Most nociceptive primary afferents are unmyelinated (C fibers) and subdivided into peptidergic and nonpeptidergic fibers. There is some evidence that neuropeptides have been implicated in the modulation and transmission of nociceptive input. Substance P (SP), CGRP, and NPY are thought to be important in nociceptive transmission.38–40 The ectopic innervation of the upper dermis by sympathetic fibers occurs with SP fiber reinnervation following mental nerve injury.13 It suggests that sympathetic–sensory interactions may be involved in the genesis of neuropathic pain. Under normal conditions, NPY resides in sympathetic postganglionic neurons but is absent from the cell bodies of sensory neurons. There are studies showing that NPY is upregulated in the TG neurons after chronic constriction injury of the mental nerve11 or inferior alveolar nerve injury.41 The upregulation in the neurons may come from sprouted sympathetic fibers or production of TG neurons, which might alter nociceptive transmission of primary afferent fibers. Capsaicin can activate transient receptor potential vanilloid type 1 (TRPV1, a ligand-gated ion channel) that mediates activation of the sensory neurons. Capsaicin increases the release of CGRP from dental pulp biopsies in a concentration-dependent manner, which provides a novel tool to determine the effects of pharmacological compounds on human nociceptor sensitivity.42 Hargreaves et al’s study demonstrates that NE inhibits capsaicin-evoked CGRP release in dental pulp, and the application of ɑ-adrenergic antagonist increases spontaneous release of CGRP. Since capsaicin-sensitive neurons are nociceptors, the result suggests that certain sympathetic neurotransmission may modulate pain.43 In addition, CGRP and SP increase significantly in the rat primary trigeminal sensory neurons after sympathectomy.31,44,45 The rise of CGRP and SP closely matches the process of the postsympathectomy pain observed clinically.46 These findings lead to the possibility that sympathetic terminals may modulate sensory peptidergic innervations and activity and then influence nociceptive processing, although in an in vitro study, NE influenced neither the basal release of CGRP nor the stimulated release of CGRP from the dura mater.47 In the CNS, CGRP stimulates selectively noradrenergic sympathetic outflow.48 In the periphery, whether CGRP increases the release of NE and plays a role in orofacial pain remain to be determined.
Neurotrophins (NTs) such as nerve growth factor (NGF), NT-3, and brain-derived neurotrophic factor are required for the growth and survival of specific populations of sensory and sympathetic neurons.49 There is increasing evidence that NTs are peripheral pain mediators and involved in different pain states.50 In the periphery, NGF and NT-3 are produced by target tissues, internalized by the innervating sympathetic and/or sensory neuron and retrogradely transported to the cell body.51 At the same time, sympathetic input regulates NGF and NT-3 protein expression in peripheral targets.52 Following nerve injury, satellite glial cells (glial cells surrounding each sensory neuron in the sensory ganglia) upregulate the synthesis of NTs acting both as promoters of sympathetic sprouting within the ganglion53 and as direct sensitizers of nociceptive neurons.54 Spinal nerve injury in rat induces a widespread sympathetic nerve outgrowth in affected DRGs.55,56 However, several studies have shown that there is no sympathetic sprouting in the rat TG following trigeminal nerve injury.57,58 Overexpressing NGF in TG, new sympathetic axons extend into the TG of transgenic mice and form perineuronal plexuses surrounding only those neurons immunostained for NGF.59 Intracerebroventricular infusion of NGF increases sympathetic ingrowth to the TG.60,61 The data indicate that it is possible that there is no enough NGF in TG to induce sympathetic sprouting following trigeminal nerve injury. Overexpression of NGF and NT-3 in the skin induces novel sympathetic projections to primary sensory endings.62,63 The enhancement of innervation may be regulated by both the low affinity (p75) and/or high affinity (trkA) NGF receptors in sympathetic and sensory neurons.62–67 The increased NGF expression plays a role in the development of sympathetic hyperalgesia,63,68,69 although sympathectomy does not affect the early ectopic discharge from myelinated fibers in inferior alveolar nerve neuromas.70 These results indicate that NGF may play a role in mediating the interactions between sympathetic nerve fiber and nociceptive fibers in orofacial pain. The role might be at the nociceptor level not neuronal soma, but the detailed mechanisms remain to be explored.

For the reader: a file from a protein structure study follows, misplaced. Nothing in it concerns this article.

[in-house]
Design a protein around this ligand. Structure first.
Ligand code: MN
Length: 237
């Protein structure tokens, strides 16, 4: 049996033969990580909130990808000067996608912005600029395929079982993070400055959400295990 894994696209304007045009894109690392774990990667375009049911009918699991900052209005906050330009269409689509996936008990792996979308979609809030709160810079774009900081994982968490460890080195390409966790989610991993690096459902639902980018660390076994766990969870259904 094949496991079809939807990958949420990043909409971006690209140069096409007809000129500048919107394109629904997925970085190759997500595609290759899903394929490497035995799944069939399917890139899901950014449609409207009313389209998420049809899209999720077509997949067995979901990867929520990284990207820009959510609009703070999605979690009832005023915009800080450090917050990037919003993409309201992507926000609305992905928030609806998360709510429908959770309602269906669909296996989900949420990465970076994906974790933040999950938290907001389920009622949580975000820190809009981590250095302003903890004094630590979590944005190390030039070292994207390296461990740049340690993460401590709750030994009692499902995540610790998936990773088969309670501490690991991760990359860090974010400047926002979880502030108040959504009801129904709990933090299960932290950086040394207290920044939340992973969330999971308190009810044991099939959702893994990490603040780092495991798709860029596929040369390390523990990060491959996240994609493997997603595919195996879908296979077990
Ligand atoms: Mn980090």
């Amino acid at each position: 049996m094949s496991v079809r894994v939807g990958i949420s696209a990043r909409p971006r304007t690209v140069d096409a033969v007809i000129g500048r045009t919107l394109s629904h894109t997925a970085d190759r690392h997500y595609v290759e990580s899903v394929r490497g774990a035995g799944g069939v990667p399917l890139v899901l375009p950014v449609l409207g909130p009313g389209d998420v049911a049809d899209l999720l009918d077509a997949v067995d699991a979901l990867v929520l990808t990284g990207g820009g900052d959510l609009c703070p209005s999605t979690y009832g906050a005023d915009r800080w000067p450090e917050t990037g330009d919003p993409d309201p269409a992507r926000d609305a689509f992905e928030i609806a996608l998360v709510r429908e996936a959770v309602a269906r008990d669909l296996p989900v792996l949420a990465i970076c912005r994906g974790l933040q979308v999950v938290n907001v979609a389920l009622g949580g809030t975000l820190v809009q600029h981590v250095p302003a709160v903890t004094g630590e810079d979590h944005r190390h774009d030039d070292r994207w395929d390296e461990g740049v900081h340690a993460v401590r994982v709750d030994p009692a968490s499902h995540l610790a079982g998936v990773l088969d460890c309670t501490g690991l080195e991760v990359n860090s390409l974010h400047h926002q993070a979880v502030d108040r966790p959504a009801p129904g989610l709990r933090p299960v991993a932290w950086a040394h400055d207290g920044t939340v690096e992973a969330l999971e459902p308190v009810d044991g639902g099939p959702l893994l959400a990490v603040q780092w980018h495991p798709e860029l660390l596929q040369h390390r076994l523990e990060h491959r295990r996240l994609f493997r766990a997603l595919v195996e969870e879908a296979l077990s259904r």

Although the sensory nerves and SNS are generally regarded as discrete structures, the interaction between the SNS and sensory nerves has been associated with orofacial pain (Figures 1 and 2). SNS is involved in many but not all cases of CRPS in orofacial region. The precise mechanisms of SNS in orofacial nociception so far have not been clear, especially in atypical facial pain, stomatodynia, atypical odontalgia, and some forms of masticatory muscle and TMJ disorders. Most investigators focus on the pain mechanisms of SNS in spinal nerve system. However, much less is known about the sympathetic mechanisms in orofacial pain (trigeminal nervous system). The findings about the role of SNS obtained in the DRG could also be operative in the TG, which would be worthy to be confirmed, although the pathophysiology of the trigeminal nerve is in many ways different to that found in spinal nerves.71,72 A better understanding of SNS and the mechanisms of sympathetic–sensory interactions could help us to treat orofacial pain more successfully in the future.
Figure 2 The peripheral molecular mechanisms of SNS in orofacial pain.
Notes: After inflammation and/or nerve injury, adrenoceptors are sensitized. NE released by the normal activity of the sympathetic neurons can excite adrenergic receptors of afferent neurons and immune cell, which can alter some neuroactive molecule expression in neurons and peripheral tissues, and subsequently activates and sensitizes peripheral nociceptors further.
Abbreviations: CGRP, calcitonin gene-related peptide; NE, norepinephrine; NGF, nerve growth factor; NPY, neuropeptide Y; SCG, superior cervical sympathetic ganglion; SNS, sympathetic nervous system; SP, substance P; STN, spinal trigeminal nucleus; TG, trigeminal ganglion.
This work was supported partly by the National Natural Science Foundation of China (nos. 81771098, 81470760, and 81541153), Guangdong Provincial Research Project of Science and Technology (no. 2016A050503046), Science and Technology Research Project in Dongguan City (no. 2014108101048), and the Public Service Platform of South China Sea for R&D Marine Biomedicine Resources (no. 2HC18008).
The authors report no conflicts of interest in this work.